diamond in the rough
Please excuse the cliche title – it’s worth it, I promise.
Yesterday we celebrated Percy’s 1st birthday with family and friends; a small gathering at my parent’s house complete with butterfly cakes, homemade sausage rolls and a fruit platter. It was lovely – a gaggle of kids running around the garden, parents chatting, balloons popping. I even managed, for the first time in my birthday-party-organising career, to stay relatively level-headed. It was completely stress-free! A welcome relief considering the intensity of the past few weeks.
The next few weeks are brimming, too. Daniel and I have never had this much going on before (says the grateful freelancers) but right now we’re in the midst of a professional downpour. It’s fine until you factor in the whole finding a house scenario, packing, moving and day-to-day life with three children.
We’re tired, too. And at the risk of rabbiting on about the weather, I’m going to say that this humidity/Indian summer/endless summer/climate-change-is-real summer has left us all fed-up and weary. Just look at my fringe! This is not ideal fringe weather! And breastfeeding a wriggling one-year-old in this weather? Sweaty, to say the least.
To top off the intensity of the past few weeks, I also lost a diamond from my engagement ring (which was once Daniel’s Grandmother’s eternity ring). I noticed it was gone a fortnight ago when we returned from the beach and I was convinced it was in the ocean, gone forever. Of course I was devastated – a family heirloom is not the same if part of it needs to be replaced.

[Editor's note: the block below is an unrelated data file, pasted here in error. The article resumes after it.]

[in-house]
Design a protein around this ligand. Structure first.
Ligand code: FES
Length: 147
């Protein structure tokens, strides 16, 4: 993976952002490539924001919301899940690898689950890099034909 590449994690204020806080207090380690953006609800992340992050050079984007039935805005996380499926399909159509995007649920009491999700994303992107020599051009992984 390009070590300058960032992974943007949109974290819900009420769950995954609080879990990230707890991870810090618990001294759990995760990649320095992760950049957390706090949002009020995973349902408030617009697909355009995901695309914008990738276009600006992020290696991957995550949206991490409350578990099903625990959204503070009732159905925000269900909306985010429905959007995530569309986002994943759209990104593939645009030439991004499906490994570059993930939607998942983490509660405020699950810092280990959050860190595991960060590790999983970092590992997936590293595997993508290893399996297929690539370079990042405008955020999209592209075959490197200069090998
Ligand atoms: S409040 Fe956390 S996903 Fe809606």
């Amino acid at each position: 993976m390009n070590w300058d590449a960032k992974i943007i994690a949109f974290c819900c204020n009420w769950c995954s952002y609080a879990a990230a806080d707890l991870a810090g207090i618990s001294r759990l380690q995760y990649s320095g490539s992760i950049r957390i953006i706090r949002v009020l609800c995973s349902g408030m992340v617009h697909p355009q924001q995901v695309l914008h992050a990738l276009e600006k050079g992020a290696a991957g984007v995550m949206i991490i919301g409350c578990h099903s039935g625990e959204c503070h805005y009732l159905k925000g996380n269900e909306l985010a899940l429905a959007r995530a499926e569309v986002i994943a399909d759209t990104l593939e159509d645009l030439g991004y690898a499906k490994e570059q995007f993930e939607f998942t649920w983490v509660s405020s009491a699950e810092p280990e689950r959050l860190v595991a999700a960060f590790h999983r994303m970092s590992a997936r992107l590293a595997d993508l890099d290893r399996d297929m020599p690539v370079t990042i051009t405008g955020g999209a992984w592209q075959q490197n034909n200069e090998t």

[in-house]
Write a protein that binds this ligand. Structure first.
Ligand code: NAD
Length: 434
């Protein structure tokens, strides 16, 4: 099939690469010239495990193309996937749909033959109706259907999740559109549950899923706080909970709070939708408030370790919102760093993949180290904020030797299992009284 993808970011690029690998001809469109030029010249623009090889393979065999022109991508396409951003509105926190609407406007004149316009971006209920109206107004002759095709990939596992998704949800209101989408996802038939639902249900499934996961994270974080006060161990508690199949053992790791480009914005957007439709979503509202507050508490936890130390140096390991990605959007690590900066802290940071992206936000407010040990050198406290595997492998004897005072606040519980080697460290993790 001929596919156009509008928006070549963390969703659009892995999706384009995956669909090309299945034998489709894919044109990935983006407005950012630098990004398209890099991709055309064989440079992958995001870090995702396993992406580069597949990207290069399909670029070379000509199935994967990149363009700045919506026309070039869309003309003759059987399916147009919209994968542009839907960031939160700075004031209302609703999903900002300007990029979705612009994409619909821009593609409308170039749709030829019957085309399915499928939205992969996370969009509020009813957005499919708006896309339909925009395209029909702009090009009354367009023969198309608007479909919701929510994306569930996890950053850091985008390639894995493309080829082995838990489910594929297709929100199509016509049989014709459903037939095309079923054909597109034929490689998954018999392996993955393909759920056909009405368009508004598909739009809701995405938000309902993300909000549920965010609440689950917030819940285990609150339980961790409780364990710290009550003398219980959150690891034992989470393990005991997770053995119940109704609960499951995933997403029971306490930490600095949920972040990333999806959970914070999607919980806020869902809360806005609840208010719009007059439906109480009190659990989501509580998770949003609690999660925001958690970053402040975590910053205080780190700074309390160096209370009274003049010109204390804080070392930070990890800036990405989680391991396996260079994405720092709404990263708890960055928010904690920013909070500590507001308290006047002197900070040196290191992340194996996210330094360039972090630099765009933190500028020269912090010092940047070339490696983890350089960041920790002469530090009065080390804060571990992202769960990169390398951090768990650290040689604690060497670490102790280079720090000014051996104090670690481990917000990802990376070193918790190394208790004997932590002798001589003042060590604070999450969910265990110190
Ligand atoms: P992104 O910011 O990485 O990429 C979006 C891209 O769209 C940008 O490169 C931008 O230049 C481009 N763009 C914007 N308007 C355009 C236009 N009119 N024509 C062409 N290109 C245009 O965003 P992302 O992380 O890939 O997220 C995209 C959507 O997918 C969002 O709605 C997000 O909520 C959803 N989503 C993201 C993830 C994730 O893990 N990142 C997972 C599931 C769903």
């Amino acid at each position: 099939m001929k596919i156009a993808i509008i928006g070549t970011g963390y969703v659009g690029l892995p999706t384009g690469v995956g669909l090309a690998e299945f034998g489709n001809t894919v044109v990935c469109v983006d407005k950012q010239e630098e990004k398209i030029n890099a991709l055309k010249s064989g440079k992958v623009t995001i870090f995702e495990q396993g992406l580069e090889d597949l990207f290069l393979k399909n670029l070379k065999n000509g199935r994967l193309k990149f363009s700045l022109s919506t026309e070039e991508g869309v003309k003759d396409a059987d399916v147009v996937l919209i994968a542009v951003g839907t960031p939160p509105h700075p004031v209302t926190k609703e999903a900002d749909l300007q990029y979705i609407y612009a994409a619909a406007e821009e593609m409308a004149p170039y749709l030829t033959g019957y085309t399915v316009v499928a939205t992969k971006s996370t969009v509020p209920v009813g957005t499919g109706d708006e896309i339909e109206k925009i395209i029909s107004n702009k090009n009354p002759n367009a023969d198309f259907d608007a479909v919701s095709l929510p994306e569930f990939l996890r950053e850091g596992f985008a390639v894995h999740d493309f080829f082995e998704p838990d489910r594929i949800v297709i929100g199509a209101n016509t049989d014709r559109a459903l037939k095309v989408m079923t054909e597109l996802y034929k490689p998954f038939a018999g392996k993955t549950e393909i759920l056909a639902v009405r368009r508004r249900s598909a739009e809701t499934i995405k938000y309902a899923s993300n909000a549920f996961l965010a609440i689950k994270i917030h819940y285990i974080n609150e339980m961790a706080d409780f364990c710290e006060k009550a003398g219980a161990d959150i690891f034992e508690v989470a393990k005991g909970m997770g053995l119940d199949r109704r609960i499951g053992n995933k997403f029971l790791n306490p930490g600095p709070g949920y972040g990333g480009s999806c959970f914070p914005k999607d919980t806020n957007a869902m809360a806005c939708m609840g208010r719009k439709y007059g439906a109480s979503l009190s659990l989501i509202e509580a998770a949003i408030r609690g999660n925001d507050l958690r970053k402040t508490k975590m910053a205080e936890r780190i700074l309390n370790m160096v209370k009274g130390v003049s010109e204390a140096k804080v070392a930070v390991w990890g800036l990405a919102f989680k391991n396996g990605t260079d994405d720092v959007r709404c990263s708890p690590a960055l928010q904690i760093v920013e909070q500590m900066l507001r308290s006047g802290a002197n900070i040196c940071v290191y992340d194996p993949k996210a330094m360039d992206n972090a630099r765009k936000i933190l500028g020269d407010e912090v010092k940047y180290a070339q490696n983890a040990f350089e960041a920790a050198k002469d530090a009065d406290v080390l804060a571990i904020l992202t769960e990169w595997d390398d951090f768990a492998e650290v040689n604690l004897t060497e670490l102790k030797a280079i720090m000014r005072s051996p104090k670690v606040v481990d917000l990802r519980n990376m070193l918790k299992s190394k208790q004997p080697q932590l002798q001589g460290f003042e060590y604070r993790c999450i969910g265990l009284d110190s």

But last night, as I was dressing Percy after his evening shower, there was a glimmer of hope. I started thinking about the work that needed to be done, how tired I felt, the fact that we still needed to find a house, the paperwork I needed to organise for our mortgage, the upcoming school week…and just as I was about to burst into tears I look down and see a diamond on the floorboards – sparkling.
It was just sitting there, between the doorframe and the firewood basket, in the exact spot I had swept and vacuumed at least ten times since I lost it. In that moment it felt like Grandma Bell was telling me it was all going to be ok. The work will get done, I’ll get some good sleep soon, we’ll find a house just right for us, it’s all good.
Breathing easier now.